This is why effective web content is broken up using H1 and H2 header tags, which give context as to what a page and each of its sections is about. (If you don’t know what a header tag is, you’ll want to look at the linked blog post before you continue.)

When we are training a client on how to write more effective blog posts, we often advise them to plan out a blog post by sketching out what the H1 and H2s will be, so that they have an outline to follow and keep them on track during the writing process.

For instance, some time ago I put together a how-to guide for a client that helps families place their elderly loved ones in retirement or care homes. In the guide, I sketched out a hypothetical blog post titled, “How to Choose a Senior Home Care Provider,” with the following sections:

  1. Should you choose a private caregiver or an agency?
  2. How do you find local senior care agencies?
  3. What questions should you ask when interviewing care agencies?
  4. How to perform a background check of a caregiver or agency.
  5. How to talk to your loved one about hiring a care agency.
  6. What level of care does your loved one need?
  7. How do you evaluate the quality of care provided by a senior care provider?

A good rule of thumb when evaluating your blog outline is that a random person should be able to look at the outline (comprised of the H1 and H2s) and have a good sense of what the blog post is about. In the above example, it’s very obvious what ground that blog post will cover. I could hand that outline to a writer who doesn’t know a thing about senior care homes, and they would be able to do the research necessary to answer those questions and write a very informative blog post on the topic.

In the example above, I’ve ensured that I will answer all the questions I wanted to answer by making the questions the H2s. Why yes, it is the easy, lazy approach. But it also ensures that I hit all the points that I need to hit, and don’t wander off track.

If you take a step back and find your title or subheadings are maybe a bit vague or confusing, or don’t naturally lend themselves to answering the questions you’ve previously identified, then you need to reword them to be more specific and on topic.

Once you have a detailed outline in hand, it becomes a lot easier to write a useful, focused piece of content. You know ahead of time what dots you want to connect, and thus how the information for one section needs meander its way to the topic of the next section, ultimately creating an informative piece of content that’s more than the sum of its parts (or subheadings). At that point it’s just a matter of sitting down and doing the actual writing.

Lastly, you need to establish a way to measure the success of your content, with a goal in mind.

“Everything we do is collated and quantified. Everything sticks.” – The Dark Knight Rises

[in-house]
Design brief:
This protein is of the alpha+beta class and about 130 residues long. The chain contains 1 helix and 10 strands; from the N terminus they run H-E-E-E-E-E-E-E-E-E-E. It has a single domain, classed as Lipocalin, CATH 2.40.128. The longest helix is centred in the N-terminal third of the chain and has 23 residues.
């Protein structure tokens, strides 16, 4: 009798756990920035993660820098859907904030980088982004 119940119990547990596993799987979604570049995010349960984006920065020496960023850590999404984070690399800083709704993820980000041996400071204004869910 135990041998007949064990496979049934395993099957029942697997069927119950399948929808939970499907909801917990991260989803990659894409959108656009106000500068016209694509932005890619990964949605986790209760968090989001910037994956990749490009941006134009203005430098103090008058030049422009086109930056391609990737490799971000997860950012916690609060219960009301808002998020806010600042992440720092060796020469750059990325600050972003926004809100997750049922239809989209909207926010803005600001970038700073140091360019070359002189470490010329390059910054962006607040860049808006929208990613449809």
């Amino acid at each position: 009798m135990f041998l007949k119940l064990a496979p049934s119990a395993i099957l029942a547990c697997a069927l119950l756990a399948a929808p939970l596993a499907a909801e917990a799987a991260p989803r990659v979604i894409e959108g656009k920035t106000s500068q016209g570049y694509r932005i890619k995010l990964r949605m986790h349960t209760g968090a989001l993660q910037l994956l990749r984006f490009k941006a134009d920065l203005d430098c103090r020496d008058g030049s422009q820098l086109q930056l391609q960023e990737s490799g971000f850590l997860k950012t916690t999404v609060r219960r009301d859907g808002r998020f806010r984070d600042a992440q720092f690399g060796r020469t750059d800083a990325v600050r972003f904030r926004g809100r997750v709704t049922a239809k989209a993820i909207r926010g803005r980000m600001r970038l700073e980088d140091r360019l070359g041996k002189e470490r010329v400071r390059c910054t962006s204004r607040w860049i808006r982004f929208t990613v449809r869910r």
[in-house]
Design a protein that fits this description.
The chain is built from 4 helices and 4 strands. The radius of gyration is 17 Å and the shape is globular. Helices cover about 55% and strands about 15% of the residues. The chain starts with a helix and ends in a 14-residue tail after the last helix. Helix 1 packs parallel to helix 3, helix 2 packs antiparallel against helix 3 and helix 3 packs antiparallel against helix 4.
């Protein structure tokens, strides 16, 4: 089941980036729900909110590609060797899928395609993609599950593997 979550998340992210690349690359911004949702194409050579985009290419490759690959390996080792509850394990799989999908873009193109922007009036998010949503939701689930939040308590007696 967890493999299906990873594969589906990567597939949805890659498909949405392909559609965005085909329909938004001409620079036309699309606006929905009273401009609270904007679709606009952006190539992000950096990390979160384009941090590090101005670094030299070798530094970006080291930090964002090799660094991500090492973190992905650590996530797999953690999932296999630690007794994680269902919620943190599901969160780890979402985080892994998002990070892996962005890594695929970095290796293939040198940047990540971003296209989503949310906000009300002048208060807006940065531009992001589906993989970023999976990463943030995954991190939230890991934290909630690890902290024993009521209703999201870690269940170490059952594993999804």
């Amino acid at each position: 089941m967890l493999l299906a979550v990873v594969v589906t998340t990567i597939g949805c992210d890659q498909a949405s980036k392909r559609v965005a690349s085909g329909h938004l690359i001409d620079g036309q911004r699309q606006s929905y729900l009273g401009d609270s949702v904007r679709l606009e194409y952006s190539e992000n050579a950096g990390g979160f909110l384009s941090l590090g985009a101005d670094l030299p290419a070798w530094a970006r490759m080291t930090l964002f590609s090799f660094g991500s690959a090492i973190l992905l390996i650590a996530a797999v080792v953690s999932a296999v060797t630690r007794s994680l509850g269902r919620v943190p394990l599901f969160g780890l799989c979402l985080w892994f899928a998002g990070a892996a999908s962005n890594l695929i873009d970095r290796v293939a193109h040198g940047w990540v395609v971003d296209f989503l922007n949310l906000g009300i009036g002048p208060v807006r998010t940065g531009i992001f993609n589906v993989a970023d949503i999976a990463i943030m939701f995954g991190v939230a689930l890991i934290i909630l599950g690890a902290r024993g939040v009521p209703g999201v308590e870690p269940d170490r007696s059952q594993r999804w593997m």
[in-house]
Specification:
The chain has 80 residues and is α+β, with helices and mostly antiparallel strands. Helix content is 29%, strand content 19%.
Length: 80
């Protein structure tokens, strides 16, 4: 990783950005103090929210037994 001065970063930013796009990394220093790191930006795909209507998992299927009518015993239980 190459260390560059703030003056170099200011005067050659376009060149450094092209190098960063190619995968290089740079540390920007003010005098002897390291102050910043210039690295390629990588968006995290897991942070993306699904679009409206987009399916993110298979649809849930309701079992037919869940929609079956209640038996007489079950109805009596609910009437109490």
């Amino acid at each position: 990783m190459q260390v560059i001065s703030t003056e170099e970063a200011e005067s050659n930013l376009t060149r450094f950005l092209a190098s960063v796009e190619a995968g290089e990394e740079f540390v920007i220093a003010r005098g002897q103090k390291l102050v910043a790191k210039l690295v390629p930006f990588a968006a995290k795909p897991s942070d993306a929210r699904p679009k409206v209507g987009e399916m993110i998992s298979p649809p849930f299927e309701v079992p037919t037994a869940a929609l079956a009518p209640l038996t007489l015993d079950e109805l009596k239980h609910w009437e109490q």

Alright, we’re at the end. But we’re not done yet. Remember, content is a form of marketing. The goal in the end is to compel the reader to do something. As I noted way back at the beginning of this post, the goal is typically to sell something, persuade visitors to book an appointment, get signups for a newsletter, validate positive word-of-mouth, etc.

But no matter what your goal is, it needs to be structured in a way that is quantifiable. Your goals must be measurable. If you can’t measure your efforts—or the efforts of your marketing company—then you have no idea whether what you’re doing is working. And marketing is pointless if it doesn’t turn a profit.

How do you measure your efforts? Typically, the goal defines the means of measurement:

Product purchases: This is pretty simple. If you roll out your new content, don’t make any other changes, and see your sales increase, there’s a good chance that your content is spurring the improvement.

Appointment Requests, Lead Submissions, Newsletter Signups: If you’re in a booking-based business and you see an uptick in appointment requests when nothing else has changed but your content, then that content is probably why. But we can take this a step further if you use a submission form on your website. Most website forms have the option to indicate what page a form was submitted from, so even if you have a contact form on every page of your website, you can tell which ones were submitted from the page with your new content.

If you use Google Analytics, you can actually analyze the flow of traffic on your website. This lets you determine if a lot of your visitors are discovering your site through that new page or post—or are clicking through to it—and are having their decision-making positively impacted by what you have to say.

Validation: Let’s say you’re a construction or architectural firm, and you have added some recent, very impressive projects to your website. The goal here is that when someone is referred to your business and they check out your website, that they will see those project descriptions and go, “Okay, these guys can definitely do the job, they’re worth considering.” You should be able to measure the success of your efforts by (1) an increase in leads coming into your business, and/or (2) asking those who contact you what led them to reach out to you. Sometimes the best and easiest way to assess the success of your efforts is the old school approach of, you know… asking: “How did you find us? What motivated you to pick up the phone?”

Whatever approach you take, you need to have some way of measuring the success of your efforts. Otherwise, you have no idea of whether you’re on the right track, or if you need to tweak your strategy. Your time is value. Don’t waste it on content that isn’t bringing people to your door.